My internship with the RoboClean team involved developing a custom Alexa skill to control Neato vacuum cleaners by voice. This will enable further development to link with the voice interface if required, as the other aspects of the project involve web systems and multi-agent systems. I also helped run a study to find out how users would interact with the potential system in a lab environment.
I enjoyed the work as it was in an area that interested me and had some challenges in the code to overcome, leading me to learn more about how the systems worked to explore different solutions. It was nice to be able to build on skills about Alexa development learnt in my 3rd year project and include linking to the neato API through HTTP requests and a 3rd party library. This included setting up the Account Linking on the Alexa skill and then adapting some of the code from libraries to work with node.js on the backend instead of front-end JS-based methods that were already in place.
Designing the interactions with the robot and the user was also very interesting as I wanted to make sure that the system would prompt for the necessary information about the robot, and location to clean, without becoming annoying for the user.
The internship will help with my studies and future work as it has given me experience of working with a research team, building on areas I had some experience in as well as expanding to other technical skills that I hadn’t used before, and will be useful in the future.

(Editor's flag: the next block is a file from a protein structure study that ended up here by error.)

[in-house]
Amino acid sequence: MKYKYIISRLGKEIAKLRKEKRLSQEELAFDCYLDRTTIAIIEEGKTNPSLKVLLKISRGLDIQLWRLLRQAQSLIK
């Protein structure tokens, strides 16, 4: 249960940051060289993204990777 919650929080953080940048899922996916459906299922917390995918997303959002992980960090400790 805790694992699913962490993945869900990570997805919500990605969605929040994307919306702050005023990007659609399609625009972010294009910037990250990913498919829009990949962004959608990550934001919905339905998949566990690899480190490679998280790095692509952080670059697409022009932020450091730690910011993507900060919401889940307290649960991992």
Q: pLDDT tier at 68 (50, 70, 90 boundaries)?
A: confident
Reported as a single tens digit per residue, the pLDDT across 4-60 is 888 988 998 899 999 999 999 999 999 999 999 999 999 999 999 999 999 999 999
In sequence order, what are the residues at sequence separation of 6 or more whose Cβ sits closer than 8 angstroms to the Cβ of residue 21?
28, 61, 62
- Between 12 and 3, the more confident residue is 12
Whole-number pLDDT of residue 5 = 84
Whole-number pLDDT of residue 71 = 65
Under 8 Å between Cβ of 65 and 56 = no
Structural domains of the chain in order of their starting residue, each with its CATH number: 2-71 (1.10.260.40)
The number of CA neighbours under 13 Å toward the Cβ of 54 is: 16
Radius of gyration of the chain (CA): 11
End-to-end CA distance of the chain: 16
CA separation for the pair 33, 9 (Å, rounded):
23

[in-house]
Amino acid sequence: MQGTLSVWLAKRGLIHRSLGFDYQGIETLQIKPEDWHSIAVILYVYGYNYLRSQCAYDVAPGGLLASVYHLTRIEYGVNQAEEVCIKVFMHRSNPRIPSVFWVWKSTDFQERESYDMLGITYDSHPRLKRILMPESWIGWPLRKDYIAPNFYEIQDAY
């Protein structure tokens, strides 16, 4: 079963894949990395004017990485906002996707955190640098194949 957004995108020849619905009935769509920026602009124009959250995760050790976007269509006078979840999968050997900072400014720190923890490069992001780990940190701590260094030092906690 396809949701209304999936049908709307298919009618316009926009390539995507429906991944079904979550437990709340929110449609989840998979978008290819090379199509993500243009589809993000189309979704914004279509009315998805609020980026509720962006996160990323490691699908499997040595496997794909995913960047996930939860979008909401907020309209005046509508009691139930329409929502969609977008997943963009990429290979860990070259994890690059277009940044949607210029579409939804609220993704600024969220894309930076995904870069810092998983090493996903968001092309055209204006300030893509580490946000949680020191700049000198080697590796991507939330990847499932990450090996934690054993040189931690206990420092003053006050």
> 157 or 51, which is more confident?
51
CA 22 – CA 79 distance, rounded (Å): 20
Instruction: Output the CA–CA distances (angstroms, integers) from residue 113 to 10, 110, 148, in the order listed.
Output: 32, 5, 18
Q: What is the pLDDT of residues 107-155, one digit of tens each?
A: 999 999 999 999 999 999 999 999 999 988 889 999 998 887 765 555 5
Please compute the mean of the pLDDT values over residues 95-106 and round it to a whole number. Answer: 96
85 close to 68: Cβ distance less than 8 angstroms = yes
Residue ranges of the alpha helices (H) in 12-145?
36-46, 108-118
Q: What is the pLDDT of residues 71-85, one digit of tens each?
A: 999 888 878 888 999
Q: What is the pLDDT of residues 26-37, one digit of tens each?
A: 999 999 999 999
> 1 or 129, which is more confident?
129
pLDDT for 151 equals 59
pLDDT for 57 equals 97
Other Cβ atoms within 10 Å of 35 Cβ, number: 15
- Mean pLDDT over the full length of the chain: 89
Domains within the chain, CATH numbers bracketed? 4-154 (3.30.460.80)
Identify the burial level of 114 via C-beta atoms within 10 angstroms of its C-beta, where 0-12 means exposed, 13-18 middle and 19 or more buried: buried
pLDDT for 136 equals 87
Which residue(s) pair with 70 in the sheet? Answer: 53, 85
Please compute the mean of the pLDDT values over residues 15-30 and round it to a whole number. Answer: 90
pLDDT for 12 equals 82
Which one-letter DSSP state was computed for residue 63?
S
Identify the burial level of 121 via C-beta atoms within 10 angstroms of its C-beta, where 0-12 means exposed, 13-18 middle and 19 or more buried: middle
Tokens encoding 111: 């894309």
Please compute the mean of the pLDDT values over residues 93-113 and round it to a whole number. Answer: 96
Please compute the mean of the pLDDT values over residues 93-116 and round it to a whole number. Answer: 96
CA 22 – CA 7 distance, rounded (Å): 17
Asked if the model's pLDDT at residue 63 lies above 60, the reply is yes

Written by Jane Slinger
I was introduced to the RoboClean project at Horizon whilst interning with the Advanced Data Analysis Centre. The project investigates the ways in which end-users interact with a robot vacuum cleaner and how a robot responds to user utterances; the aim being to inform its effective design and use within food factories.
I was invited to continue my internship for 5 more weeks within Horizon to help with the analysis of data collected through an elicitation study. Overall, this has been a really valuable and rewarding experience. Coming from an academic background in Sociology, I found working closely with researchers specialising in Computer Science exposed me to different research aims and challenges than I had previously encountered. This has been insightful for me as it has not only helped develop new skills in research analysis and interview techniques, but also applied the principles of a range of research methods gained during my academic studies over the past 2-years to cutting edge technological developments.
I have been responsible for transcribing participants’ audio data, analysing visual data, and creating a summary written report of participants’ interview responses. The focus of the report was on the benefits, limitations, and disadvantages experienced by users from the user-robot interactions. The attendance at a range of team meetings has also been beneficial in understanding interactions within a work environment, especially where individuals are working together from across a range of disciplines. Combined with the skills I have learned at workload prioritisation and management, this has made me confident to face future work situations and dilemmas. Additionally, I have written literature reviews on the topic of human-robot interaction. Being able to explore these new topics has also helped me see how issues explored in Sociology are becoming increasingly influenced by the world of technology, for example, how individuals’ day-to-day lives are mediated by the introduction of robots to the workplace. The multidisciplinary projects throughout Horizon have therefore also been interesting to work alongside, clearly showing the benefit of collaborative projects in producing innovative findings.